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From July 1, 2009 Australian workers will be covered by new laws at work. The Fair Work Act replaces the Workplace Relations Act and restores many of the rights taken away under WorkChoices.
The new laws are the result of the historic Your Rights at Work campaign to restore the balance for working Australians. The tide has now turned and workers who are facing job insecurity because of the global financial crisis can look forward to greater protection at work.
There are 6 key areas where employees will see a difference.
Four million Australian workers will get back protection from unfair dismissal they did not have under WorkChoices. All workers have protection after a six month qualifying period (12 months for small businesses with 15 full-time equivalent staff or less).
The exemption from unfair dismissal when sackings occur for “operational reasons” will be removed.
The safety net of modern awards and National Employment Standards will be expanded far beyond the minimum five basic conditions under WorkChoices. Under the new laws, protected entitlements include maximum weekly hours of work, overtime pay, penalty rates, public holidays, redundancy pay, sick leave, paid parental leave, annual leave and rest breaks.
The process for determining minimum rates of pay will also be fairer and more transparent under the new laws. Under WorkChoices, the wages of more than one million award-reliant workers declined in real terms.
Collective bargaining will be the centrepiece of the new IR system. Bargaining will be required to be conducted “in good faith” meaning that employers must be fair dinkum about trying to get a result.
A majority of workers will be able to insist on bargaining for a union collective agreement and your union will also have a guaranteed right to represent you — both things which were denied under WorkChoices.
Collective bargaining delivers results for workers. Under collective bargaining pay rates are up to 18% better than individual contracts.
The role of the independent umpire is vital to making sure the system works properly. It needs to be easy to use, affordable, timely and have the teeth to do the job properly.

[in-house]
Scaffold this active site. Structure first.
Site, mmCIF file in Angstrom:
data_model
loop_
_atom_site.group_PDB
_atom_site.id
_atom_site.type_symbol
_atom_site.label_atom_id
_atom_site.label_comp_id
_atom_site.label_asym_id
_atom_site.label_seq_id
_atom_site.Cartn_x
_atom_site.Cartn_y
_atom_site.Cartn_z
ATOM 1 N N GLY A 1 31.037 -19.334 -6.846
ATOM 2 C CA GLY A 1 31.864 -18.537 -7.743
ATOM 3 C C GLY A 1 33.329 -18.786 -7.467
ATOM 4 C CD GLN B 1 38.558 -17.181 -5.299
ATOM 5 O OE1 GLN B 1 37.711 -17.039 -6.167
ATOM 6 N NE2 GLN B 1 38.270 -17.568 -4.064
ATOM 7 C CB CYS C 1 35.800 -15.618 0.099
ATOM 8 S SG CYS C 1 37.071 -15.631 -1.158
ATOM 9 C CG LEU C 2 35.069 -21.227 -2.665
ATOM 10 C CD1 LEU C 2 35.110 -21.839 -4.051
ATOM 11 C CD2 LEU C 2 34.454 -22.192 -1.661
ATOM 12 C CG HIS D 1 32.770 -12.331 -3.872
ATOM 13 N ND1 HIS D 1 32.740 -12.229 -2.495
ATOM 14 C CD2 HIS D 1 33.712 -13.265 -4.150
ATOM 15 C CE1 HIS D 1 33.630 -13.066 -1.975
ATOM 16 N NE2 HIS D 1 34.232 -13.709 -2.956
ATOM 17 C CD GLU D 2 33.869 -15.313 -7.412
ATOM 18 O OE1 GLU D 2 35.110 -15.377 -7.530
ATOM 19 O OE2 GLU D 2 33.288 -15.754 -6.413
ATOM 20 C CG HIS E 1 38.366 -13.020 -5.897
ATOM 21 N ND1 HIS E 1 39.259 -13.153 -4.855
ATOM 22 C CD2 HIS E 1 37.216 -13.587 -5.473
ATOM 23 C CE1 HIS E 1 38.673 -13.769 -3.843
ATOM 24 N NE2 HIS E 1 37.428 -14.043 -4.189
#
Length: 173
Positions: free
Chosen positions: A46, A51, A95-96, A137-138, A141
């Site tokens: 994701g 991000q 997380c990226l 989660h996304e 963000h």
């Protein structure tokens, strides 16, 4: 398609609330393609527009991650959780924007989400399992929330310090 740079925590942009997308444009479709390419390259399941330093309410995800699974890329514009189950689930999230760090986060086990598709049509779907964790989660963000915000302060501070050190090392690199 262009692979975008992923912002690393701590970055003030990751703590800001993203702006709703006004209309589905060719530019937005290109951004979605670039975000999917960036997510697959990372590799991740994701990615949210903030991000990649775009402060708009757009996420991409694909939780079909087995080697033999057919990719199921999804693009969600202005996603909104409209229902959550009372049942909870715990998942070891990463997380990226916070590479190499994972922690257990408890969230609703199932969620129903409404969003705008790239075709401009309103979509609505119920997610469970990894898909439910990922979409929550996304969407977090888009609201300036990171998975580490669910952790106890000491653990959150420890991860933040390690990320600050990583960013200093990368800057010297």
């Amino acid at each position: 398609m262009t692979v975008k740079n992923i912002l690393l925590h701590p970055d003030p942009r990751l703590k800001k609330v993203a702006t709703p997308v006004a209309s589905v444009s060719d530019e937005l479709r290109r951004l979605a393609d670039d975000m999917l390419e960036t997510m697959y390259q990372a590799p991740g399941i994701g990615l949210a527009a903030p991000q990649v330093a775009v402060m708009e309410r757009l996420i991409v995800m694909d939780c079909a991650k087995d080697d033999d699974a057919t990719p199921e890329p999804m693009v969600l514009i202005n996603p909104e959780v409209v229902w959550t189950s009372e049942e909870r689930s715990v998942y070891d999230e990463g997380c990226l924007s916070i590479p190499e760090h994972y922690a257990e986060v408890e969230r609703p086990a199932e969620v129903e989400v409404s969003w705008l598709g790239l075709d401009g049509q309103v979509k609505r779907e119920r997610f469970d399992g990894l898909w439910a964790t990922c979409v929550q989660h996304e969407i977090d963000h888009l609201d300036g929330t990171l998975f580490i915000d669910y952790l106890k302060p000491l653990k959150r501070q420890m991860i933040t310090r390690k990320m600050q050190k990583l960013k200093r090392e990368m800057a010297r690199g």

WorkChoices rendered the industrial umpire powerless, but the new laws will deliver an umpire with the powers to get the job done. Fair Work Australia will be able to conciliate, mediate, call compulsory conferences and make recommendations.
AWAs were the centrepiece of the Howard Govenrment’s WorkChoices. They were used to breakdown collective strength in the workplace, and to drive down wages and conditions.
The Rudd Government banned the making of new AWAs in March 2008. The new laws will allow workers on expired AWAs to access collective bargaining. Other AWAs will also have to comply with the new National Employment Standards.
Existing AWAs can be terminated by agreement at any time by mutual agreement, or after the nominal expiry date on application by the employee or employer to Fair Work Australia.
One of the basic tenets of democracy is the choice to belong to a union. WorkChoices
encouraged a pattern of intimidation by threats of dismissal, pressure, discrimination and victimisation that eroded this basic right.
The right to be in a union will be enshrined by the new laws and there will be greater protections for delegates during collective bargaining.
It will be unlawful to take action against someone simply because they exercise a workplace right, join a union or act collectively through a union.
In addition, there will be new obligations, in awards and agreements, for employers to consult over major workplace change. Workers will have a guaranteed right of union representation in those situations, as well as in dispute settlement processes.
Under the new laws, the ability of unions to enter workplaces to hold discussions with members or potential members and to check workers are not being ripped off cannot be displaced by non-union agreements.
Authorised by FSU National Secretary Leon Carter back to top